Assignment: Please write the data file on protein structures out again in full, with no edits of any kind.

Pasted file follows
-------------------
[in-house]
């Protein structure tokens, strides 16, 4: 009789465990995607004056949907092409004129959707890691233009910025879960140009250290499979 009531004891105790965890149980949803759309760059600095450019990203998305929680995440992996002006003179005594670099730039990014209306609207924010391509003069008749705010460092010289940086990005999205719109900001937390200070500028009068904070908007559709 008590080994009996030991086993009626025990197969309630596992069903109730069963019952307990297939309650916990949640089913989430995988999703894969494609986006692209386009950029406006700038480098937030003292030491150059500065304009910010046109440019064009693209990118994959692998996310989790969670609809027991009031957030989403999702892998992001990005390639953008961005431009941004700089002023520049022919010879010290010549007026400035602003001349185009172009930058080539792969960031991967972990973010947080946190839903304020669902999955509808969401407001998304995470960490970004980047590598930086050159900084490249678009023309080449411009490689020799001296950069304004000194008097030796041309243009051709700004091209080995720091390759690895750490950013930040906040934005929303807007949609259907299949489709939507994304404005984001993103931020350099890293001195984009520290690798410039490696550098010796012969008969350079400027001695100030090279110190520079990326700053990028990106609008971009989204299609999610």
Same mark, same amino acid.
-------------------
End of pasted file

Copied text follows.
[in-house]
């Protein structure tokens, strides 16, 4: 009789465990995607004056949907092409004129959707890691233009910025879960140009250290499979 009531004891105790965890149980949803759309760059600095450019990203998305929680995440992996002006003179005594670099730039990014209306609207924010391509003069008749705010460092010289940086990005999205719109900001937390200070500028009068904070908007559709 008590080994009996030991086993009626025990197969309630596992069903109730069963019952307990297939309650916990949640089913989430995988999703894969494609986006692209386009950029406006700038480098937030003292030491150059500065304009910010046109440019064009693209990118994959692998996310989790969670609809027991009031957030989403999702892998992001990005390639953008961005431009941004700089002023520049022919010879010290010549007026400035602003001349185009172009930058080539792969960031991967972990973010947080946190839903304020669902999955509808969401407001998304995470960490970004980047590598930086050159900084490249678009023309080449411009490689020799001296950069304004000194008097030796041309243009051709700004091209080995720091390759690895750490950013930040906040934005929303807007949609259907299949489709939507994304404005984001993103931020350099890293001195984009520290690798410039490696550098010796012969008969350079400027001695100030090279110190520079990326700053990028990106609008971009989204299609999610």
Same mark, same amino acid.